In order to save money, scientists at NASA (National Aeronautics and Space Administration) are currently working to compress the size of solar panels, which are typically bulky and hard to transport. To do so, they have turned to a unique solution: origami.
The idea to use origami, the Japanese art of folding paper into small decorative shapes and figures, came from the boyhood passion of mechanical engineer Brian Trease, who works at NASA’s Jet Propulsion Laboratory. Trease, faculty and students at Brigham Young University, and origami guru Robert Lang are now working together on a project to launch the origami-inspired solar panels, which compress to a mere 8.9 feet.
To use these new solar panels, scientists use a technique called “hannaflex.” Due to centrifugal force, this technique causes the solar panels to expand from their compacted positions. In essence, the origami-inspired panels look like a flower when compact and, when expanded, blossom into a flat, circular form, approximately 82 feet in diameter.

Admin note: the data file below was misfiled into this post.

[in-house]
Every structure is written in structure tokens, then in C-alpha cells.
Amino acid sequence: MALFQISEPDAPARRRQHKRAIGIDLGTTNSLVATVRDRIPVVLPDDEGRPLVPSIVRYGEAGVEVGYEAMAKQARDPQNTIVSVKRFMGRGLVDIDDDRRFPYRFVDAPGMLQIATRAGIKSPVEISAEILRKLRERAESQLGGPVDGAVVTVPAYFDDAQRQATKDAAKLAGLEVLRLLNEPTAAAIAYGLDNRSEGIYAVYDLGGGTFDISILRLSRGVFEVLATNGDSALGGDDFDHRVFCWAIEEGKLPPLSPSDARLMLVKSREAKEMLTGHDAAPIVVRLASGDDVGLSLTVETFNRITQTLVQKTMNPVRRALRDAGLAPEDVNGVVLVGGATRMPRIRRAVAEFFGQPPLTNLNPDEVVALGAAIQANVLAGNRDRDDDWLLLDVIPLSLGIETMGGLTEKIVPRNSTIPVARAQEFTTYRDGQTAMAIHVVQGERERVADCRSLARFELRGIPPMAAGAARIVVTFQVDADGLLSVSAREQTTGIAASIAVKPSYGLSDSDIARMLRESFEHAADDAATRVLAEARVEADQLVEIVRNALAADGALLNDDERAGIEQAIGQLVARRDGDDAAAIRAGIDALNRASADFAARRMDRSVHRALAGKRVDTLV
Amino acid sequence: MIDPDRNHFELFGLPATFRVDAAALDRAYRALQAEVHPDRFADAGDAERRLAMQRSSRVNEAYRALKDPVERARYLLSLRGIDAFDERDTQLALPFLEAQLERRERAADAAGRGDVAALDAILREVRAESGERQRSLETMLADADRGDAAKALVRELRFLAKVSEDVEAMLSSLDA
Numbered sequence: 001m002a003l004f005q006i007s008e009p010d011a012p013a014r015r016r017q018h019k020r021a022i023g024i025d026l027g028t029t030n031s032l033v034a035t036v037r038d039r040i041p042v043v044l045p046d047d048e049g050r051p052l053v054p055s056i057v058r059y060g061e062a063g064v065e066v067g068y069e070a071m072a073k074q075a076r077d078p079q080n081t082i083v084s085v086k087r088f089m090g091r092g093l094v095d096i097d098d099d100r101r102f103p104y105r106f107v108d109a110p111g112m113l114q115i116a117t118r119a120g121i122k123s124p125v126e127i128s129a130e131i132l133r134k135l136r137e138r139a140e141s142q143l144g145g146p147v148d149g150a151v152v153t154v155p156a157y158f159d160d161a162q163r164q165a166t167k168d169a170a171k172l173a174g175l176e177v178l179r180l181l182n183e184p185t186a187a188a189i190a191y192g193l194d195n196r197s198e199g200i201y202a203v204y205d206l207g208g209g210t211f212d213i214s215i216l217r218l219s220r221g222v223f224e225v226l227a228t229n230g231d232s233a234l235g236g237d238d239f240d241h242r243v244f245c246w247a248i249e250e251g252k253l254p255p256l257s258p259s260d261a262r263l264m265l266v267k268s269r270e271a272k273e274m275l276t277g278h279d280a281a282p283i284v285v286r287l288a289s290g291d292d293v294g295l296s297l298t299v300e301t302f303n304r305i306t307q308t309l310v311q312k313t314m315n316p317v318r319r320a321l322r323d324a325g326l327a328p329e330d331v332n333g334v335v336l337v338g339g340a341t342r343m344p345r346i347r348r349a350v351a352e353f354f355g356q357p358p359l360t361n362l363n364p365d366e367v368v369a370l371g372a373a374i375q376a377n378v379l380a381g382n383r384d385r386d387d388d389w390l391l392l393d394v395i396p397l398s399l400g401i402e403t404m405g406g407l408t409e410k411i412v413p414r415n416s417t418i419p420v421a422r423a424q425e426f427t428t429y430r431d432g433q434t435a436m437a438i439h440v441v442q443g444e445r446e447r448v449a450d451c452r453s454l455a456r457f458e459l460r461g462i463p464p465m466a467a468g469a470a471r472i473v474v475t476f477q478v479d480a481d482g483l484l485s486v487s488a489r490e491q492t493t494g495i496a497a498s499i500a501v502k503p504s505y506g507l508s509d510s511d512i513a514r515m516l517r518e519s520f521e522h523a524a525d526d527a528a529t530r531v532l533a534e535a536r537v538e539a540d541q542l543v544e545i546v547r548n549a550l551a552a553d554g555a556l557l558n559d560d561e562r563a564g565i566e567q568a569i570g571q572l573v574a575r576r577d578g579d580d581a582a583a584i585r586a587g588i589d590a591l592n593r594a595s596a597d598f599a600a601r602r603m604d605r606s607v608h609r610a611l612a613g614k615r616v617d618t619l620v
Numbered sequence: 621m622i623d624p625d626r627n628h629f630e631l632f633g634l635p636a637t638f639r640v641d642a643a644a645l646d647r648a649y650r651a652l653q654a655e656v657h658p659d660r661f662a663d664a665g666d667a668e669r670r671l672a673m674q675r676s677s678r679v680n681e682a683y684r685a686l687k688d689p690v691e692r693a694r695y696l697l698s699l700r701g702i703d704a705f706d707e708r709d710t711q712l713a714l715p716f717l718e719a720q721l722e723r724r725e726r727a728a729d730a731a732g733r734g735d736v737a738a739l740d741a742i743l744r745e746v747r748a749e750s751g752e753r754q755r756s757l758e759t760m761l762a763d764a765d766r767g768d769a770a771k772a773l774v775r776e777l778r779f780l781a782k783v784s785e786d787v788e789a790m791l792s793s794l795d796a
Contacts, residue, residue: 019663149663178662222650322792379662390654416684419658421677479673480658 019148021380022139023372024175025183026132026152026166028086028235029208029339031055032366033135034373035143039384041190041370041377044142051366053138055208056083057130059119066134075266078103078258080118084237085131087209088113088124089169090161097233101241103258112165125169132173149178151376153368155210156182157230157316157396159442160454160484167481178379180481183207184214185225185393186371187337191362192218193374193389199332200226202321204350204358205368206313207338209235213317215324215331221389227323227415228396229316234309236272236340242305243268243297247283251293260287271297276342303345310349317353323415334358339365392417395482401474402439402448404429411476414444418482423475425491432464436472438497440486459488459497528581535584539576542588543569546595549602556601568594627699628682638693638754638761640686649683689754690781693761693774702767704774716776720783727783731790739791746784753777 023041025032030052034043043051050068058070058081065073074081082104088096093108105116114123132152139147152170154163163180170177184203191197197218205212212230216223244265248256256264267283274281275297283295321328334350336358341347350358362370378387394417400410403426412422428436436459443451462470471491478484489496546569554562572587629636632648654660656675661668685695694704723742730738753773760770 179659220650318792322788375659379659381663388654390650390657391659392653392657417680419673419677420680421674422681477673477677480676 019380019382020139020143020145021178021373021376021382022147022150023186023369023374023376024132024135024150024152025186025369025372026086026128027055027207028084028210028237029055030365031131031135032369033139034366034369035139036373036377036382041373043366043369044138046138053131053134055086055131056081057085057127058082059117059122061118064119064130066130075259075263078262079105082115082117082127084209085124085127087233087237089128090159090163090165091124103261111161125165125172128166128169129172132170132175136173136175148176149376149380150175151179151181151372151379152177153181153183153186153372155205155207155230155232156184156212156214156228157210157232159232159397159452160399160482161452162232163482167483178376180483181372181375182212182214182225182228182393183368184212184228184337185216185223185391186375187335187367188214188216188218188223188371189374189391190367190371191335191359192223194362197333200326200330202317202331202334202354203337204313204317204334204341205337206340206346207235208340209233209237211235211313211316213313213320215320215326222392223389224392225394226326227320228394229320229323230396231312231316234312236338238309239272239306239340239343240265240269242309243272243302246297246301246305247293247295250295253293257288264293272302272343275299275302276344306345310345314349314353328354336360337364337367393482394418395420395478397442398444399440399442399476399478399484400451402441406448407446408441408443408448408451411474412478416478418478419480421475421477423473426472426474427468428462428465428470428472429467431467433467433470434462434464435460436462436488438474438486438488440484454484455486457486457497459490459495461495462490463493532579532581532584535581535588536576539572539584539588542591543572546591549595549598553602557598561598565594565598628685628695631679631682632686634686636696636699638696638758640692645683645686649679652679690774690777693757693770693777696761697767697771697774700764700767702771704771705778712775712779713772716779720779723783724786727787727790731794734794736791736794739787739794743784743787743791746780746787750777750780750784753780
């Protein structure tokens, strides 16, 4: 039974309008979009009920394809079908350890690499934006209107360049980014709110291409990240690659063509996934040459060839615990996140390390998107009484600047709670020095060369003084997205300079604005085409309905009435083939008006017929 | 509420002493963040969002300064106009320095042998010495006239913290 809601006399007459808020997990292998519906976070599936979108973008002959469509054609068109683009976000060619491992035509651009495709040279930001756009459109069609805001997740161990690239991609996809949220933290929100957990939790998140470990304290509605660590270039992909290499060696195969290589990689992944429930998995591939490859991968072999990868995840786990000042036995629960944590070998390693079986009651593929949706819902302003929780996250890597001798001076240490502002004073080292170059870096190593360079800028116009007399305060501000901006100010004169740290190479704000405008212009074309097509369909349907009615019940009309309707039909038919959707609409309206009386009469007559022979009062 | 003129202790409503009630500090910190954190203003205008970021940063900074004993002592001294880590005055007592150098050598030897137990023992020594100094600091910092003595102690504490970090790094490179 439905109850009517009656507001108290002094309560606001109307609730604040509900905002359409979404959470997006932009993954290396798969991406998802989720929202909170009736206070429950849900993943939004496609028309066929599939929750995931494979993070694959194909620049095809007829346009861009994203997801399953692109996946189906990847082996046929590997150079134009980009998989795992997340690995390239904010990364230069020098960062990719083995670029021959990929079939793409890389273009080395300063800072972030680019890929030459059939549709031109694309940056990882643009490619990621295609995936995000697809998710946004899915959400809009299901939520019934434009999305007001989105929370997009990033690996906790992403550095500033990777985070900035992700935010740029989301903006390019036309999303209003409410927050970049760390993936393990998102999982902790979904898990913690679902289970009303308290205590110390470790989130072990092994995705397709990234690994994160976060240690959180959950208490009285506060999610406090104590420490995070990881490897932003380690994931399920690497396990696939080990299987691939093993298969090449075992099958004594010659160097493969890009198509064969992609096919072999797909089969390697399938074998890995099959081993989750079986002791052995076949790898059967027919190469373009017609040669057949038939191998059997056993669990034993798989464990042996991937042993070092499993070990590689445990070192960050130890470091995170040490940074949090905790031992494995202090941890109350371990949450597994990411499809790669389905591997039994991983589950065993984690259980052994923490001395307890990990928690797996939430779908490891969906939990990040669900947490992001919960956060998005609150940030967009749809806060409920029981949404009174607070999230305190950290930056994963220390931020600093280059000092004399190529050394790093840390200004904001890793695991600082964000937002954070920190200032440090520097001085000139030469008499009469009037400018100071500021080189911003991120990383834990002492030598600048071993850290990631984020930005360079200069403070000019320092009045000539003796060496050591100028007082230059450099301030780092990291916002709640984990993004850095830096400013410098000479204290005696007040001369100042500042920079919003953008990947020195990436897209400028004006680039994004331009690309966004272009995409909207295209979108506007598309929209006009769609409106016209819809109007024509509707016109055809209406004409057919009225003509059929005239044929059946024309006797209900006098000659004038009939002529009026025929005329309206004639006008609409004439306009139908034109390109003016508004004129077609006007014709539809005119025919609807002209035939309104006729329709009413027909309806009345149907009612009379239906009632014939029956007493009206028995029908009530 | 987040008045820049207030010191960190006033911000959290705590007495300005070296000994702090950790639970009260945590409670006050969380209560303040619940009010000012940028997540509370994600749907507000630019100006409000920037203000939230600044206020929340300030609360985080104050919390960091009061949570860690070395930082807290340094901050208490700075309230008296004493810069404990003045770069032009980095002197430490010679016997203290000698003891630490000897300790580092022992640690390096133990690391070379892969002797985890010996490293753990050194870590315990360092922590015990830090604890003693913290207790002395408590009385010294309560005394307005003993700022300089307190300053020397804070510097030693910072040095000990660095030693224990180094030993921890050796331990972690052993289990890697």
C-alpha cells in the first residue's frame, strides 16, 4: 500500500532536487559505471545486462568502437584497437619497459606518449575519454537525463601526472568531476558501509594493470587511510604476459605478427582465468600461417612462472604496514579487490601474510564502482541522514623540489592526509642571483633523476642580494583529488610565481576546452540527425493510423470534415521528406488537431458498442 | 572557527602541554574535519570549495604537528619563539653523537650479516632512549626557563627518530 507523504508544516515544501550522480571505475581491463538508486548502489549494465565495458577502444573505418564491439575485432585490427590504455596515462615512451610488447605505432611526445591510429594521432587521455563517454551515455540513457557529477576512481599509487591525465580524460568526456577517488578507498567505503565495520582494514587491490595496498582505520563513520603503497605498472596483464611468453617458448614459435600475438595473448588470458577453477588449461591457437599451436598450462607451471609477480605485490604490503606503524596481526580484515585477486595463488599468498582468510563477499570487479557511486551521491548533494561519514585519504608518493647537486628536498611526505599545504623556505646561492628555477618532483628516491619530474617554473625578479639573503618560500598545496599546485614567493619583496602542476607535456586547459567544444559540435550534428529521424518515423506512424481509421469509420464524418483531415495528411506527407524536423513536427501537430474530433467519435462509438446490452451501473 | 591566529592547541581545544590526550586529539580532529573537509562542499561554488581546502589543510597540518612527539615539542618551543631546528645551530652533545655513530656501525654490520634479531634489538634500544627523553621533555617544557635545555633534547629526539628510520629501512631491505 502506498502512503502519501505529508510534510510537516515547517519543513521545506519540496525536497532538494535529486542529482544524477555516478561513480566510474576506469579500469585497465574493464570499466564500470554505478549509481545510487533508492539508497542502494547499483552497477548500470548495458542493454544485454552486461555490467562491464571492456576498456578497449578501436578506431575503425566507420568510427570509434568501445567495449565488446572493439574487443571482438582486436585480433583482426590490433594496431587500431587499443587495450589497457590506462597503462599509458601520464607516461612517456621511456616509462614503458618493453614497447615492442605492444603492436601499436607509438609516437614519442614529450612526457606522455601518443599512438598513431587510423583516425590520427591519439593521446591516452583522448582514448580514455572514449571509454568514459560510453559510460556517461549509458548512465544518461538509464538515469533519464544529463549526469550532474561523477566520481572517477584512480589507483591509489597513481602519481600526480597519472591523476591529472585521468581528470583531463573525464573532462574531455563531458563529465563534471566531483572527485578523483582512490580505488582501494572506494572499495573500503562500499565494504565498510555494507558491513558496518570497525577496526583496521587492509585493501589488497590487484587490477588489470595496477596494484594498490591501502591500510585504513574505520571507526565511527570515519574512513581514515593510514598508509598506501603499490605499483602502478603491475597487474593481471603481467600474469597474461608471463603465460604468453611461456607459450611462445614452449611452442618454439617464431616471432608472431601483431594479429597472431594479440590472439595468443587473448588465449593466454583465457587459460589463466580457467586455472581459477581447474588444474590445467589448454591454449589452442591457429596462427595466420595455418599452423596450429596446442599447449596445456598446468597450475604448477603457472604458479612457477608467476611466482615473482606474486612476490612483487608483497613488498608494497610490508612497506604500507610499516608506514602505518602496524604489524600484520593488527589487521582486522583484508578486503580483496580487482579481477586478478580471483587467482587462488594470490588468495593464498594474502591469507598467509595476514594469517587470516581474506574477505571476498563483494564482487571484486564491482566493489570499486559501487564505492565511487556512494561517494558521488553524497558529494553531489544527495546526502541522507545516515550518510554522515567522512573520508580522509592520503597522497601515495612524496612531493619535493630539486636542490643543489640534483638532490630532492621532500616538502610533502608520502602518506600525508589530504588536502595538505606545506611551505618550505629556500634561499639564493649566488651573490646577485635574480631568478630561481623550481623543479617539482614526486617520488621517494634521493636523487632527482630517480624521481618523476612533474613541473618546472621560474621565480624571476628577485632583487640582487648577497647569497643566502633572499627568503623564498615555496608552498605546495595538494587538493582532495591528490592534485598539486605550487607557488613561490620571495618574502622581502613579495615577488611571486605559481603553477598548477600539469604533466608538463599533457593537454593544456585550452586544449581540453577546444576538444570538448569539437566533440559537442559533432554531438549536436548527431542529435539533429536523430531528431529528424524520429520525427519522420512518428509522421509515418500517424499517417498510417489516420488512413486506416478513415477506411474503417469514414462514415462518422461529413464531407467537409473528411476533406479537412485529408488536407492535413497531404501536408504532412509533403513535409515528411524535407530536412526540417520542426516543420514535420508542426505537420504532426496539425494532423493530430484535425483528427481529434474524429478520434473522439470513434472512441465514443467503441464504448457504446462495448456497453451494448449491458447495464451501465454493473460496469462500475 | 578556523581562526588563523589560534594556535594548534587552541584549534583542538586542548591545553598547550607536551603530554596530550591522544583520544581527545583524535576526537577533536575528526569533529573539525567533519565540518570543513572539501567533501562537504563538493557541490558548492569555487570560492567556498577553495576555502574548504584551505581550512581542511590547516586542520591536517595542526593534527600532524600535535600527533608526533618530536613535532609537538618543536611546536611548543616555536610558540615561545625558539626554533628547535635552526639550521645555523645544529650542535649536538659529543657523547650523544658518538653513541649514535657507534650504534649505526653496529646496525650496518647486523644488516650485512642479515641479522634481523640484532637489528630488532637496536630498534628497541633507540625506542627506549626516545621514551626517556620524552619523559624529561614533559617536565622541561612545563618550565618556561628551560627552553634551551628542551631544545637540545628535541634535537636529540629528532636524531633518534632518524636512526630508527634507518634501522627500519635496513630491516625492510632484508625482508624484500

However, getting the solar panels to expand fully is not easy. Additionally, the solar panels pose the threat of breaking, due to the amount of times they are folded and unfolded. “How do you fold metals? There is also a matter of how many times a material can be folded and unfolded before it wears out,” Trease said of these challenges.
Despite these problems, NASA is taking the innovative origami approach very seriously. “The public has to know it’s more than just paper folding, it’s more than just this children’s art or something you do in school,” Trease said. “There’s a lot of artistic expertise in understanding the folds, but it’s heavily backed up by math and engineering,” he added.